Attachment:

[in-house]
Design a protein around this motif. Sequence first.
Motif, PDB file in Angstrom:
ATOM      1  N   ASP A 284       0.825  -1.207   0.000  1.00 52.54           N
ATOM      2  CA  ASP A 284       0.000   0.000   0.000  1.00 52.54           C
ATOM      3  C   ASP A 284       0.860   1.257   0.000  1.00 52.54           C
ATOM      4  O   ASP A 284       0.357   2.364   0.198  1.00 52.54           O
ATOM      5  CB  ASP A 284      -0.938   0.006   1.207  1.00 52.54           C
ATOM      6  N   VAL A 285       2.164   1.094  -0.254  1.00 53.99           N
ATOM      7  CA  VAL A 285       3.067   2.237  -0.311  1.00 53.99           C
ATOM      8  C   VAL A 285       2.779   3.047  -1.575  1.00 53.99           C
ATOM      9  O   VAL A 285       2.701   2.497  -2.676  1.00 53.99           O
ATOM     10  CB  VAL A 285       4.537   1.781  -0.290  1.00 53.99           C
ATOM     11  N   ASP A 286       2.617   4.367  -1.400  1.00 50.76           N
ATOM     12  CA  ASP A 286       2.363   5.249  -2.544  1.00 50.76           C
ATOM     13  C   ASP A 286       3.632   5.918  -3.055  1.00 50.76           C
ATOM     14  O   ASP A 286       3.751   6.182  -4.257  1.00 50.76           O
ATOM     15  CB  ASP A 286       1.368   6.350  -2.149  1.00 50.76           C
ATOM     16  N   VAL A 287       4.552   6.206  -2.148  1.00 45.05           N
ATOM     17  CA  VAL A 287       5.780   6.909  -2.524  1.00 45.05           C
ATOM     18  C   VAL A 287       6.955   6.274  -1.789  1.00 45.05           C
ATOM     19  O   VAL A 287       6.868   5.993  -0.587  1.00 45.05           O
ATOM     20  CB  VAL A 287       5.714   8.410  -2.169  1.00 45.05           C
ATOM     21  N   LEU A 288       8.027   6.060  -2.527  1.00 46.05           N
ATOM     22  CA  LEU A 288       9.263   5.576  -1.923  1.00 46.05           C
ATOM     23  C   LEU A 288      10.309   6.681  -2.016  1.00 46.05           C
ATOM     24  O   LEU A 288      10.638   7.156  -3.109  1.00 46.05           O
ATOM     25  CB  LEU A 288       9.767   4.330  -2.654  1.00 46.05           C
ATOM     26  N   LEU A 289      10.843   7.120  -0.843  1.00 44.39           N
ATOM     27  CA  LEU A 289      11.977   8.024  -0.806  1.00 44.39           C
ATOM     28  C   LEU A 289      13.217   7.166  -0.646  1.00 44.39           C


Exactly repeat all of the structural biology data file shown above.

[in-house]
Design a protein around this motif. Sequence first.
Motif, PDB file in Angstrom:
ATOM      1  N   ASP A 284       0.825  -1.207   0.000  1.00 52.54           N
ATOM      2  CA  ASP A 284       0.000   0.000   0.000  1.00 52.54           C
ATOM      3  C   ASP A 284       0.860   1.257   0.000  1.00 52.54           C
ATOM      4  O   ASP A 284       0.357   2.364   0.198  1.00 52.54           O
ATOM      5  CB  ASP A 284      -0.938   0.006   1.207  1.00 52.54           C
ATOM      6  N   VAL A 285       2.164   1.094  -0.254  1.00 53.99           N
ATOM      7  CA  VAL A 285       3.067   2.237  -0.311  1.00 53.99           C
ATOM      8  C   VAL A 285       2.779   3.047  -1.575  1.00 53.99           C
ATOM      9  O   VAL A 285       2.701   2.497  -2.676  1.00 53.99           O
ATOM     10  CB  VAL A 285       4.537   1.781  -0.290  1.00 53.99           C
ATOM     11  N   ASP A 286       2.617   4.367  -1.400  1.00 50.76           N
ATOM     12  CA  ASP A 286       2.363   5.249  -2.544  1.00 50.76           C
ATOM     13  C   ASP A 286       3.632   5.918  -3.055  1.00 50.76           C
ATOM     14  O   ASP A 286       3.751   6.182  -4.257  1.00 50.76           O
ATOM     15  CB  ASP A 286       1.368   6.350  -2.149  1.00 50.76           C
ATOM     16  N   VAL A 287       4.552   6.206  -2.148  1.00 45.05           N
ATOM     17  CA  VAL A 287       5.780   6.909  -2.524  1.00 45.05           C
ATOM     18  C   VAL A 287       6.955   6.274  -1.789  1.00 45.05           C
ATOM     19  O   VAL A 287       6.868   5.993  -0.587  1.00 45.05           O
ATOM     20  CB  VAL A 287       5.714   8.410  -2.169  1.00 45.05           C
ATOM     21  N   LEU A 288       8.027   6.060  -2.527  1.00 46.05           N
ATOM     22  CA  LEU A 288       9.263   5.576  -1.923  1.00 46.05           C
ATOM     23  C   LEU A 288      10.309   6.681  -2.016  1.00 46.05           C
ATOM     24  O   LEU A 288      10.638   7.156  -3.109  1.00 46.05           O
ATOM     25  CB  LEU A 288       9.767   4.330  -2.654  1.00 46.05           C
ATOM     26  N   LEU A 289      10.843   7.120  -0.843  1.00 44.39           N
ATOM     27  CA  LEU A 289      11.977   8.024  -0.806  1.00 44.39           C
ATOM     28  C   LEU A 289      13.217   7.166  -0.646  1.00 44.39           C